The benefits of acupuncture for people suffering from chronic pain have been well-documented. Now, a research study co-funded by the Alberta Cancer Foundation wants to know if acupuncture performed in a group setting works as well as individual treatments for targeting cancer-related pain.
Acupuncture is an ancient form of traditional Chinese medicine that utilizes stimulation of acupuncture points to affect the physiology of the Healthy Body, explains Dr. Jessa Landmann, a Calgary-based naturopathic doctor and co-investigator who is administering acupuncture treatments for the project.
According to Landmann, previous studies that analyzed patients’ blood before and after acupuncture treatments have demonstrated some of the benefits of acupuncture therapy.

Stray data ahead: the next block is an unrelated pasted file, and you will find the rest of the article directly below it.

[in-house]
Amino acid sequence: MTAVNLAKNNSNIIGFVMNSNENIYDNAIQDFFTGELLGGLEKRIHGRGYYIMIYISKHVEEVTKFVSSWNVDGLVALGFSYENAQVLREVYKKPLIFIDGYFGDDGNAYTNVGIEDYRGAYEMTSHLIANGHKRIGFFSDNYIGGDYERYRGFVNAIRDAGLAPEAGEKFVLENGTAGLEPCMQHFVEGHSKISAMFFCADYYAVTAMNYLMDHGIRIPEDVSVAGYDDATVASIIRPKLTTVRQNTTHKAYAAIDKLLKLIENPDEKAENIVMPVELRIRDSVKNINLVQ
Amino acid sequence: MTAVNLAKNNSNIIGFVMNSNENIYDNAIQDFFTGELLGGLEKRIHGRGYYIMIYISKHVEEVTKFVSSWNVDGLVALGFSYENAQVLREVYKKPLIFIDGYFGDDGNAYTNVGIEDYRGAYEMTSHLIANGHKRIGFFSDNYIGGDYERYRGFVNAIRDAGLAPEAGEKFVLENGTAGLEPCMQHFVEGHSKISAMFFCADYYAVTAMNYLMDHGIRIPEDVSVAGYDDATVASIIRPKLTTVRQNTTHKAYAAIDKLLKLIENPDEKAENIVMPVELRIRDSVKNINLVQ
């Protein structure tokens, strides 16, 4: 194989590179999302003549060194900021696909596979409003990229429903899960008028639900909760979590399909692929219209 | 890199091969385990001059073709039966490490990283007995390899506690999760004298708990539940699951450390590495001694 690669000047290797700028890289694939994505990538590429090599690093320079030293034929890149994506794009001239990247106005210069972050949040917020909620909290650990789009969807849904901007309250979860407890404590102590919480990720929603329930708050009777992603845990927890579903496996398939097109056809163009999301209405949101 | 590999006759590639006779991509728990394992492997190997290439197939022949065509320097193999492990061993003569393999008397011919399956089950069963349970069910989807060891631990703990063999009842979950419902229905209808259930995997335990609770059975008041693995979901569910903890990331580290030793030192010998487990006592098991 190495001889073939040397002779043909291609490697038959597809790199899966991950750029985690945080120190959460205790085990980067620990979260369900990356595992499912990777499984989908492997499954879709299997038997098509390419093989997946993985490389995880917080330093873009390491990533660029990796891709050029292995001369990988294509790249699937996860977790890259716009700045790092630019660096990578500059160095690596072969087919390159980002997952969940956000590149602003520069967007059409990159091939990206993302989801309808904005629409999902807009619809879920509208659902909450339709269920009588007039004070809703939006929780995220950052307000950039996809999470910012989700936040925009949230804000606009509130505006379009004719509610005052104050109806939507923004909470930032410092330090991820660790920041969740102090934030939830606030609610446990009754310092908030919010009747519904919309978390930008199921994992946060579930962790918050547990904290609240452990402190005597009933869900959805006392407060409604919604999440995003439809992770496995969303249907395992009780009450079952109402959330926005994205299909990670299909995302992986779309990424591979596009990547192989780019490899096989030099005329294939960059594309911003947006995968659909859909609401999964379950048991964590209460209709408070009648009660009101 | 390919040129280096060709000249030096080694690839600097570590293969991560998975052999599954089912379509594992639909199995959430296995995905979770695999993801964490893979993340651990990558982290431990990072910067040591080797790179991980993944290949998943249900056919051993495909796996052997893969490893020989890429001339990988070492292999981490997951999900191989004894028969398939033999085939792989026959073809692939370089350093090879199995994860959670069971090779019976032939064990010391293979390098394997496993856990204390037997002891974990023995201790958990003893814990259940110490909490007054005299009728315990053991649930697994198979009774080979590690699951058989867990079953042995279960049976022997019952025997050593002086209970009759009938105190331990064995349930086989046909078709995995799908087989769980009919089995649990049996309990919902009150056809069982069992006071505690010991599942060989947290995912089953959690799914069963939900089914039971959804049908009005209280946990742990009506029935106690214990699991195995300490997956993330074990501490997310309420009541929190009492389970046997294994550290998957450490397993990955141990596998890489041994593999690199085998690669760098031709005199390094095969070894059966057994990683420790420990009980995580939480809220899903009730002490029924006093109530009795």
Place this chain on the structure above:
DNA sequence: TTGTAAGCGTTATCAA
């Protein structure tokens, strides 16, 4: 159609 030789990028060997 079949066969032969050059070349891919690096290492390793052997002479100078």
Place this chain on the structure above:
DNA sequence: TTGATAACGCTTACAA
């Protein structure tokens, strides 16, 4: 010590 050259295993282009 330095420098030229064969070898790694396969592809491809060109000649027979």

“We know that acupuncture treatment can affect levels of certain neurotransmitters in the Healthy Body, like serotonin and endorphin levels — things that are basically our own, innate pain-release mechanisms,” Landmann says.
What does that mean when it comes to cancer care?
“I think acupuncture is another one of those complementary therapies that have a growing evidence-base showing that it might help treat symptoms that patients have a real hard time with, and often there is no good treatment for,” says Dr. Linda Carlson, who is leading the group acupuncture study.
A professor in the Department of Oncology at the University of Calgary, and also the program director of the Integrative Oncology Program at the Tom Baker Cancer Centre, Carlson says that the strongest evidence for the use of acupuncture during…Read the full article by the Alberta Cance Foundation